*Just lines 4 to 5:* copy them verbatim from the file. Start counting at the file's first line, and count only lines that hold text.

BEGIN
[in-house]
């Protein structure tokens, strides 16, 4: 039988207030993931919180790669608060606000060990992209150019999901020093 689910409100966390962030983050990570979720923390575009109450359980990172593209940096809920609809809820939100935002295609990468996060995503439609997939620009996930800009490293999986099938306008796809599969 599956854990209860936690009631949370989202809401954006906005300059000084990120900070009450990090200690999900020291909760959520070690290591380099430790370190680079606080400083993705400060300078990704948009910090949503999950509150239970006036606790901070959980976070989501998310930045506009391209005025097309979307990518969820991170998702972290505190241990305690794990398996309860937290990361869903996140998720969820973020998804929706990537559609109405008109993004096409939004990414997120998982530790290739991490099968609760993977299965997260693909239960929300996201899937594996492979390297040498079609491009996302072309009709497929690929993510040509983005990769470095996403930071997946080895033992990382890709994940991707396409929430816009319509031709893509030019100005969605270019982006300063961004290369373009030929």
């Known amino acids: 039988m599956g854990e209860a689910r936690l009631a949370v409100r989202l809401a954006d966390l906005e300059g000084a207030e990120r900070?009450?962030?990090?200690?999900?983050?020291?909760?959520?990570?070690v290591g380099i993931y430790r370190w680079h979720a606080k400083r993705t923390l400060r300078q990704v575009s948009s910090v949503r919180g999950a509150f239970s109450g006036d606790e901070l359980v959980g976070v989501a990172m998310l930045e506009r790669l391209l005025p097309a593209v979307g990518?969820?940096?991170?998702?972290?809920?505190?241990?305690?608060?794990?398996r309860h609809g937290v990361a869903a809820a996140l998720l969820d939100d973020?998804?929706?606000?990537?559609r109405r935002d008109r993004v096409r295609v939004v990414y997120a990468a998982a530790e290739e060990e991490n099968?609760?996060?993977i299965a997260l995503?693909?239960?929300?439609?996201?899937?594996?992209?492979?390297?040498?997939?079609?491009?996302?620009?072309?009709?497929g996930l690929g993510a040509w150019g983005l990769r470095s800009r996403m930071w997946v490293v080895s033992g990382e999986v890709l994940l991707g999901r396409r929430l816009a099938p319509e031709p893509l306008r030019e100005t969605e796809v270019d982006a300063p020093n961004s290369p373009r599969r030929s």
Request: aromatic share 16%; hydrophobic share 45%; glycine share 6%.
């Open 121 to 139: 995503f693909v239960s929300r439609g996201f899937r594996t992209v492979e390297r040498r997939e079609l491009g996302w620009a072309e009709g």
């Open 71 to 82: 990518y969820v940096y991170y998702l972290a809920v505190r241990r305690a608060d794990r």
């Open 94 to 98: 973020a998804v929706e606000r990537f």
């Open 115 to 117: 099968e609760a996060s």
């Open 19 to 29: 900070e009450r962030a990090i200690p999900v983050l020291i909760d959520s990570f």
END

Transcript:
Request: aromatic share 16%; hydrophobic share 45%; glycine share 6%.
């Open 121 to 139: 995503f693909v239960s929300r439609g996201f899937r594996t992209v492979e390297r040498r997939e079609l491009g996302w620009a072309e009709g």